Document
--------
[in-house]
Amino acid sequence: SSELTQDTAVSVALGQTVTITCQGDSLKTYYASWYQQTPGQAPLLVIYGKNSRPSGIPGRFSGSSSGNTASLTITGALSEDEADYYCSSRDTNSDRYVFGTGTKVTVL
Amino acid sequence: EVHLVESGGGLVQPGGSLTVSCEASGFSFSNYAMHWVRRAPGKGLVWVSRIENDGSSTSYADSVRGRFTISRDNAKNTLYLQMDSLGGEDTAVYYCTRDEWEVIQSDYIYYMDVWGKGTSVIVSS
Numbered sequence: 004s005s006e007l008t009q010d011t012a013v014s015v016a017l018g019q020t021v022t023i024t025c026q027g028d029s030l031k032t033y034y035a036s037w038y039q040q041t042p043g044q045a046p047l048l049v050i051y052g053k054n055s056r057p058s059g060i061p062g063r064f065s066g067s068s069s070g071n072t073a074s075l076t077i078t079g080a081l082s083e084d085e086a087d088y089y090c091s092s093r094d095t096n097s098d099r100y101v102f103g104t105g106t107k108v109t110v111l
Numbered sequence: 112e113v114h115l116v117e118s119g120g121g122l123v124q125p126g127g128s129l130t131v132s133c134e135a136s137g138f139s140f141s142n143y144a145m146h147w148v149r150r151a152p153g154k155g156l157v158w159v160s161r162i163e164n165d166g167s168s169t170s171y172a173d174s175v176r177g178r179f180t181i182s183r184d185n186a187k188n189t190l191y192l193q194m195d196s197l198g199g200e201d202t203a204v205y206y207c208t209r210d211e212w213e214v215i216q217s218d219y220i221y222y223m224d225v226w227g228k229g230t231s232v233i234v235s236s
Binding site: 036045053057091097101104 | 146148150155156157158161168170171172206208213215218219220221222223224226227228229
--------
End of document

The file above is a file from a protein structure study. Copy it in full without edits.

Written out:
[in-house]
Amino acid sequence: SSELTQDTAVSVALGQTVTITCQGDSLKTYYASWYQQTPGQAPLLVIYGKNSRPSGIPGRFSGSSSGNTASLTITGALSEDEADYYCSSRDTNSDRYVFGTGTKVTVL
Amino acid sequence: EVHLVESGGGLVQPGGSLTVSCEASGFSFSNYAMHWVRRAPGKGLVWVSRIENDGSSTSYADSVRGRFTISRDNAKNTLYLQMDSLGGEDTAVYYCTRDEWEVIQSDYIYYMDVWGKGTSVIVSS
Numbered sequence: 004s005s006e007l008t009q010d011t012a013v014s015v016a017l018g019q020t021v022t023i024t025c026q027g028d029s030l031k032t033y034y035a036s037w038y039q040q041t042p043g044q045a046p047l048l049v050i051y052g053k054n055s056r057p058s059g060i061p062g063r064f065s066g067s068s069s070g071n072t073a074s075l076t077i078t079g080a081l082s083e084d085e086a087d088y089y090c091s092s093r094d095t096n097s098d099r100y101v102f103g104t105g106t107k108v109t110v111l
Numbered sequence: 112e113v114h115l116v117e118s119g120g121g122l123v124q125p126g127g128s129l130t131v132s133c134e135a136s137g138f139s140f141s142n143y144a145m146h147w148v149r150r151a152p153g154k155g156l157v158w159v160s161r162i163e164n165d166g167s168s169t170s171y172a173d174s175v176r177g178r179f180t181i182s183r184d185n186a187k188n189t190l191y192l193q194m195d196s197l198g199g200e201d202t203a204v205y206y207c208t209r210d211e212w213e214v215i216q217s218d219y220i221y222y223m224d225v226w227g228k229g230t231s232v233i234v235s236s
Binding site: 036045053057091097101104 | 146148150155156157158161168170171172206208213215218219220221222223224226227228229